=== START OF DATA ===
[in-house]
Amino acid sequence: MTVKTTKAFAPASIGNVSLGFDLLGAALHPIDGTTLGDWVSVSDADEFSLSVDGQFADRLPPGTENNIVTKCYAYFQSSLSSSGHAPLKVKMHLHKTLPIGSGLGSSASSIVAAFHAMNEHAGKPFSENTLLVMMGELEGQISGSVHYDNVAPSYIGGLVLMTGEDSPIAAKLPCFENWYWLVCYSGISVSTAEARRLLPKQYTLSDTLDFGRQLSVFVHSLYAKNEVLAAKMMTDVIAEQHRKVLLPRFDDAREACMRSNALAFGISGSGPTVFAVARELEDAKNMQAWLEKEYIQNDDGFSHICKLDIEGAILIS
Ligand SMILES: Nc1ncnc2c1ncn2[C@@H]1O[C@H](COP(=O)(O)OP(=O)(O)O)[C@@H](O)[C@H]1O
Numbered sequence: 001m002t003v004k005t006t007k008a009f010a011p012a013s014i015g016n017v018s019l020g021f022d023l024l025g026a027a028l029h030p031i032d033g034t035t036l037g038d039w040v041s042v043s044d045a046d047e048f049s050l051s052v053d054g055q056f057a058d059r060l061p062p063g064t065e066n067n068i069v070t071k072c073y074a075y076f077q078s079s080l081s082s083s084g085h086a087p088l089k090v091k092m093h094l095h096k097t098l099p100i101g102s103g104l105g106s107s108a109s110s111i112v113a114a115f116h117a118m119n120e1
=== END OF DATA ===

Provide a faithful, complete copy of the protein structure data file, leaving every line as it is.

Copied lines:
[in-house]
Amino acid sequence: MTVKTTKAFAPASIGNVSLGFDLLGAALHPIDGTTLGDWVSVSDADEFSLSVDGQFADRLPPGTENNIVTKCYAYFQSSLSSSGHAPLKVKMHLHKTLPIGSGLGSSASSIVAAFHAMNEHAGKPFSENTLLVMMGELEGQISGSVHYDNVAPSYIGGLVLMTGEDSPIAAKLPCFENWYWLVCYSGISVSTAEARRLLPKQYTLSDTLDFGRQLSVFVHSLYAKNEVLAAKMMTDVIAEQHRKVLLPRFDDAREACMRSNALAFGISGSGPTVFAVARELEDAKNMQAWLEKEYIQNDDGFSHICKLDIEGAILIS
Ligand SMILES: Nc1ncnc2c1ncn2[C@@H]1O[C@H](COP(=O)(O)OP(=O)(O)O)[C@@H](O)[C@H]1O
Numbered sequence: 001m002t003v004k005t006t007k008a009f010a011p012a013s014i015g016n017v018s019l020g021f022d023l024l025g026a027a028l029h030p031i032d033g034t035t036l037g038d039w040v041s042v043s044d045a046d047e048f049s050l051s052v053d054g055q056f057a058d059r060l061p062p063g064t065e066n067n068i069v070t071k072c073y074a075y076f077q078s079s080l081s082s083s084g085h086a087p088l089k090v091k092m093h094l095h096k097t098l099p100i101g102s103g104l105g106s107s108a109s110s111i112v113a114a115f116h117a118m119n120e1